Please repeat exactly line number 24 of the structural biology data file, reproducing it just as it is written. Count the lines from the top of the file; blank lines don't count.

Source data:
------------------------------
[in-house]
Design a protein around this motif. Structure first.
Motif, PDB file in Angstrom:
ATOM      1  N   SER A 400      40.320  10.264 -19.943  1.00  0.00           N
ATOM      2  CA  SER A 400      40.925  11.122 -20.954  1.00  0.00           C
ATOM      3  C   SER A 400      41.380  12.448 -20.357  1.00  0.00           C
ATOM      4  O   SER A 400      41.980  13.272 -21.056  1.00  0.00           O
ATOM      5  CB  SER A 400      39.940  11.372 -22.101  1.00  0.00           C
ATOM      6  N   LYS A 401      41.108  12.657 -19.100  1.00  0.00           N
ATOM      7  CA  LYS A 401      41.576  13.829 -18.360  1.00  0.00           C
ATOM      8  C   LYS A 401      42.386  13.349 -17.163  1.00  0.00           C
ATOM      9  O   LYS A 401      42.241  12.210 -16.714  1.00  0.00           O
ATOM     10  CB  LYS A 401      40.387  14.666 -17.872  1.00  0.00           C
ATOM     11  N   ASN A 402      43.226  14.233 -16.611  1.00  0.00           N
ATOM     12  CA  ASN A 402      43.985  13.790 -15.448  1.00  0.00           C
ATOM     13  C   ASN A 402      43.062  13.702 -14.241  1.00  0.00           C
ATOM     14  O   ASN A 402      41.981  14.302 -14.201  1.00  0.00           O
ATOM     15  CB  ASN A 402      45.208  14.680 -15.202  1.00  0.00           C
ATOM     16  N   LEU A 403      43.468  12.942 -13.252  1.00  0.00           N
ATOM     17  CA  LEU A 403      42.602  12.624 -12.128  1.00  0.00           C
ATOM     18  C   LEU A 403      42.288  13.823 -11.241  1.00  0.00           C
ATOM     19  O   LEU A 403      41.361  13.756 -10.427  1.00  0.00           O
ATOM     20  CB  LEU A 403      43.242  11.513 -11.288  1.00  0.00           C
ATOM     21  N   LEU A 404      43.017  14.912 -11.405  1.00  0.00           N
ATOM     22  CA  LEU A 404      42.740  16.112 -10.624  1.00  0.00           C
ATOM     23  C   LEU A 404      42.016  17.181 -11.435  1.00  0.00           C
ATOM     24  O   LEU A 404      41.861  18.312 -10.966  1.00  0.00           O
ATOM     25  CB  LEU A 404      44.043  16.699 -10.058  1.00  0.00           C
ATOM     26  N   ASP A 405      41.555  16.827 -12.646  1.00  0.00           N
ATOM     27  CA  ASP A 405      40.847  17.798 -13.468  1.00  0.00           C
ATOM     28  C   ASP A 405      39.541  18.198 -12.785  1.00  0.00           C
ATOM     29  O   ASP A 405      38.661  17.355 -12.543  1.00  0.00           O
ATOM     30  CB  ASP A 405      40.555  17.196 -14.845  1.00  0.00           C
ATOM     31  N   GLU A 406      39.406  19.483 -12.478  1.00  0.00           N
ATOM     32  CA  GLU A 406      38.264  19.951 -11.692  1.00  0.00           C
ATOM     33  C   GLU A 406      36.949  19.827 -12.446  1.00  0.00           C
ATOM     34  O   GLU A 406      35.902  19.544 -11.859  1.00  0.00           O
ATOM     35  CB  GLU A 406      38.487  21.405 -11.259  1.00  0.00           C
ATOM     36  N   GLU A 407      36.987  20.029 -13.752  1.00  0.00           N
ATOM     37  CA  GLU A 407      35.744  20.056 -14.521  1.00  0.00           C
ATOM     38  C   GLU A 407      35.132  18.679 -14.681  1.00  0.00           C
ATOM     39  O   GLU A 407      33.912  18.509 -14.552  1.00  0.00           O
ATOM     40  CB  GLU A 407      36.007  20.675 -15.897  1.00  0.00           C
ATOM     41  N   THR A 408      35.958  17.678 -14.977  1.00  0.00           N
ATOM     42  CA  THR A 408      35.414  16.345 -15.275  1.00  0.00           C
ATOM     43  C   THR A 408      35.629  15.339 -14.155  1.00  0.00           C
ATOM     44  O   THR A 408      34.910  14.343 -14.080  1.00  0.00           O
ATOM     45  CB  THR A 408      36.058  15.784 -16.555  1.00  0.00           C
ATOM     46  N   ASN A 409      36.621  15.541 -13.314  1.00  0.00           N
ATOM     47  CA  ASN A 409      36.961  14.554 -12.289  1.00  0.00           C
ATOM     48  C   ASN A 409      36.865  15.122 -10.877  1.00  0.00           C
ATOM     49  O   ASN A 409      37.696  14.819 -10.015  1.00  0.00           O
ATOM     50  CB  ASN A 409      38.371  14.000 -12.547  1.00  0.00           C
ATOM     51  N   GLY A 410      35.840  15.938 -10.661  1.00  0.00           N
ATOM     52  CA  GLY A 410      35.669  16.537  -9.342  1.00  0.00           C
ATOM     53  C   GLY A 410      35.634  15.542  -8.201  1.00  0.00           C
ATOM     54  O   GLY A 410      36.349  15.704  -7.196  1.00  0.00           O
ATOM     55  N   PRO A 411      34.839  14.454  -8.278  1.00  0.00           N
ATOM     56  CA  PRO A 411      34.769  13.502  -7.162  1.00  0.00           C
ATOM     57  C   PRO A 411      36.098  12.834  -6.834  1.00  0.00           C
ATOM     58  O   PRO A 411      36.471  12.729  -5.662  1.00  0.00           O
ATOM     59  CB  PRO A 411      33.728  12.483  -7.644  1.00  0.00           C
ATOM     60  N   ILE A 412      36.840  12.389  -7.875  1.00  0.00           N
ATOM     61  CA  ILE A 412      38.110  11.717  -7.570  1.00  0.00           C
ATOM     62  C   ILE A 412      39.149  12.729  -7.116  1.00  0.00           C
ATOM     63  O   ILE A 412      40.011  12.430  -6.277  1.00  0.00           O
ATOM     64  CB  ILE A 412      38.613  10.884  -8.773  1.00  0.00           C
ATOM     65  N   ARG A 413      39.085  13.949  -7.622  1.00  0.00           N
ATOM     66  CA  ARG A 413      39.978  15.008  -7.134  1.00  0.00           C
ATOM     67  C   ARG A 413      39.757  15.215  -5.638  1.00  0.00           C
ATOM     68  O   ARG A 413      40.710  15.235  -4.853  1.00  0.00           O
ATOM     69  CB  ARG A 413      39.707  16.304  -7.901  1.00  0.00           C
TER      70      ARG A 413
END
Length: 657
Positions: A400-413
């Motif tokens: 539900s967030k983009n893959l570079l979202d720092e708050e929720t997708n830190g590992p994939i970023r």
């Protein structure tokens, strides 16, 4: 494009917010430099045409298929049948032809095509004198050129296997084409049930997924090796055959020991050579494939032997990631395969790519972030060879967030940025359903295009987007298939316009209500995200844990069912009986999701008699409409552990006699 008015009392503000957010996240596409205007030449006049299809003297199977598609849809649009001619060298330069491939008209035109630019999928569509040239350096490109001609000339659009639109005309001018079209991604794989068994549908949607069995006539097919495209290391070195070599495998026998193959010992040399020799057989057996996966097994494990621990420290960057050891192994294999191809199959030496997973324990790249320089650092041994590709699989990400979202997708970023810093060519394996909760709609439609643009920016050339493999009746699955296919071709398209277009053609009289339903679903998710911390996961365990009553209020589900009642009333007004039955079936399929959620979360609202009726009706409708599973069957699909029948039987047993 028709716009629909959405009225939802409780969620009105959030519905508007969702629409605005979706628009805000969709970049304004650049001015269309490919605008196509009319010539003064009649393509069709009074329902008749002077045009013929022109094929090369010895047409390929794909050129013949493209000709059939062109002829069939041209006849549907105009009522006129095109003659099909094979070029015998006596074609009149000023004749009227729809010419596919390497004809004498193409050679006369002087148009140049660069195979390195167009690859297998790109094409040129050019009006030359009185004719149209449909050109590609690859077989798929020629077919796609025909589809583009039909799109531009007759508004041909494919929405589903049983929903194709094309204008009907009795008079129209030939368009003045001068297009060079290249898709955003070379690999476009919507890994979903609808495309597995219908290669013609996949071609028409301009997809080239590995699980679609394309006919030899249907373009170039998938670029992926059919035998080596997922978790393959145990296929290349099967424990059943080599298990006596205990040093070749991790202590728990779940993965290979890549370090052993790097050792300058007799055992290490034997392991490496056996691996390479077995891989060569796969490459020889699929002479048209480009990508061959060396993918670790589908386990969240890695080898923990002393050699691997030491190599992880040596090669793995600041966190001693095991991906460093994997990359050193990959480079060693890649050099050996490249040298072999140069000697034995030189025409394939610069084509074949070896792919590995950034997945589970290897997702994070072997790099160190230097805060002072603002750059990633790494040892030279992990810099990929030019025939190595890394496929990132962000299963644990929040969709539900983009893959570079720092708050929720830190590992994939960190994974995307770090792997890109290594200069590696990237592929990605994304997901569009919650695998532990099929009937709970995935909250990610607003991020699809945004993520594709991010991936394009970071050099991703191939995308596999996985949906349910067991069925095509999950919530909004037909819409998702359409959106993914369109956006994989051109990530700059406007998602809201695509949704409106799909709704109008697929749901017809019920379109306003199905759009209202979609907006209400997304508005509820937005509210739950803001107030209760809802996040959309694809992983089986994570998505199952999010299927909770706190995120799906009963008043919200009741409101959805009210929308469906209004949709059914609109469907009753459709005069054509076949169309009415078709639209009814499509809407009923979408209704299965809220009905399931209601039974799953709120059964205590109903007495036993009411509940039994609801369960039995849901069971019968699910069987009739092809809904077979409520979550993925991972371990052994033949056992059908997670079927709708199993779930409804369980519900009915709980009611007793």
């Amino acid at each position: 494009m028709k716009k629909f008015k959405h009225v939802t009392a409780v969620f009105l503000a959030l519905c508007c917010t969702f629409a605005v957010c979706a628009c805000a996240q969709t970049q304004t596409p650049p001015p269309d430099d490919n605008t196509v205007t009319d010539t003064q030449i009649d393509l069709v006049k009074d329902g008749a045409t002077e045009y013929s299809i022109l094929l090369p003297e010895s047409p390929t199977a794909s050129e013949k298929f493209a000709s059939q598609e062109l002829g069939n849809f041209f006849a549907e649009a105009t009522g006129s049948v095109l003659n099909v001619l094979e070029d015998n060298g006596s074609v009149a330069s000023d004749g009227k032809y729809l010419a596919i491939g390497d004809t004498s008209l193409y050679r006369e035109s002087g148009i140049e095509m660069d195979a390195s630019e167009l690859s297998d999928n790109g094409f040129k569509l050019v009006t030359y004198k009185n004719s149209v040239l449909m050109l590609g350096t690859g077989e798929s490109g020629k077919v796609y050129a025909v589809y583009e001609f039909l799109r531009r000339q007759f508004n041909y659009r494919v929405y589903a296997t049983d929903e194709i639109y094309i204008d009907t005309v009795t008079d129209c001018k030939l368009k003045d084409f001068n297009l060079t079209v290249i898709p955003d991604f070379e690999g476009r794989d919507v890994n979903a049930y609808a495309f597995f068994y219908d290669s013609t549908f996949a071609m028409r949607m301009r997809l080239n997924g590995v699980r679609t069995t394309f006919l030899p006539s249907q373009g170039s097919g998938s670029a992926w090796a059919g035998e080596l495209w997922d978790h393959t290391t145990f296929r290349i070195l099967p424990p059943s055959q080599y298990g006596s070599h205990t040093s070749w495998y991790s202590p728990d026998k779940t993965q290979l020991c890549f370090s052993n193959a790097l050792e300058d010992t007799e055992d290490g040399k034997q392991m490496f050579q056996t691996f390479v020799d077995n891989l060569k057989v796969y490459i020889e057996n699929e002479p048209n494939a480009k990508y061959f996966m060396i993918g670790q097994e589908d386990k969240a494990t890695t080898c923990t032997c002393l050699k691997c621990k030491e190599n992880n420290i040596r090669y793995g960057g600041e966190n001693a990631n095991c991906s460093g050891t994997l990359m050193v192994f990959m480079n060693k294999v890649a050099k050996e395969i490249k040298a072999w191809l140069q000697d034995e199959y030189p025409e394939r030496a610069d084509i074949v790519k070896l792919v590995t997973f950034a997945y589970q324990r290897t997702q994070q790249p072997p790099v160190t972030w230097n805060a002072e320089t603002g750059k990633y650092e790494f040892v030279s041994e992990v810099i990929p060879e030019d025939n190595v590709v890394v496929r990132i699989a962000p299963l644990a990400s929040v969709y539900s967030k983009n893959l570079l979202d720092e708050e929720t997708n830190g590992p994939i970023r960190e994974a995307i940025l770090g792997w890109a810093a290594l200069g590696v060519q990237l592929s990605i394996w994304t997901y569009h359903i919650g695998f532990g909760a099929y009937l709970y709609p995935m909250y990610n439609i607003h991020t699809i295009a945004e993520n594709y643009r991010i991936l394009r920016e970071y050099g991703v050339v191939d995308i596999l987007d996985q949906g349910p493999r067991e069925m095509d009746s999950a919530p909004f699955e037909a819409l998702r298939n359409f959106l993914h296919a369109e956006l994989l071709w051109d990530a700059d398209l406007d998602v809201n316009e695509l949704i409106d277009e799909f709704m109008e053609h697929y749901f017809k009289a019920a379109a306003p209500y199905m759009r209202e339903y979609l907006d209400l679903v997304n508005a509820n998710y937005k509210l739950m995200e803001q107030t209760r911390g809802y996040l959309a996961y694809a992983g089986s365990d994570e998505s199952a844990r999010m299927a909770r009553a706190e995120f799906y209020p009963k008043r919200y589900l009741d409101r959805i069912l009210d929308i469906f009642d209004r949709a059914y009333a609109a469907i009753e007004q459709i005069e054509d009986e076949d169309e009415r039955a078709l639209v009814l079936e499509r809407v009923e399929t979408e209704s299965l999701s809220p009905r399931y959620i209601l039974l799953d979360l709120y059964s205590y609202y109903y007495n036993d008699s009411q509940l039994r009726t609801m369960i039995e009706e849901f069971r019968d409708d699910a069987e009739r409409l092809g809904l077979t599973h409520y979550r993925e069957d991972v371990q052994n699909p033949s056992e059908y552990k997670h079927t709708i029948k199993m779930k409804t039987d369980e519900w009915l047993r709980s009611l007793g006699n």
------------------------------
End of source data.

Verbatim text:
ATOM     21  N   LEU A 404      43.017  14.912 -11.405  1.00  0.00           N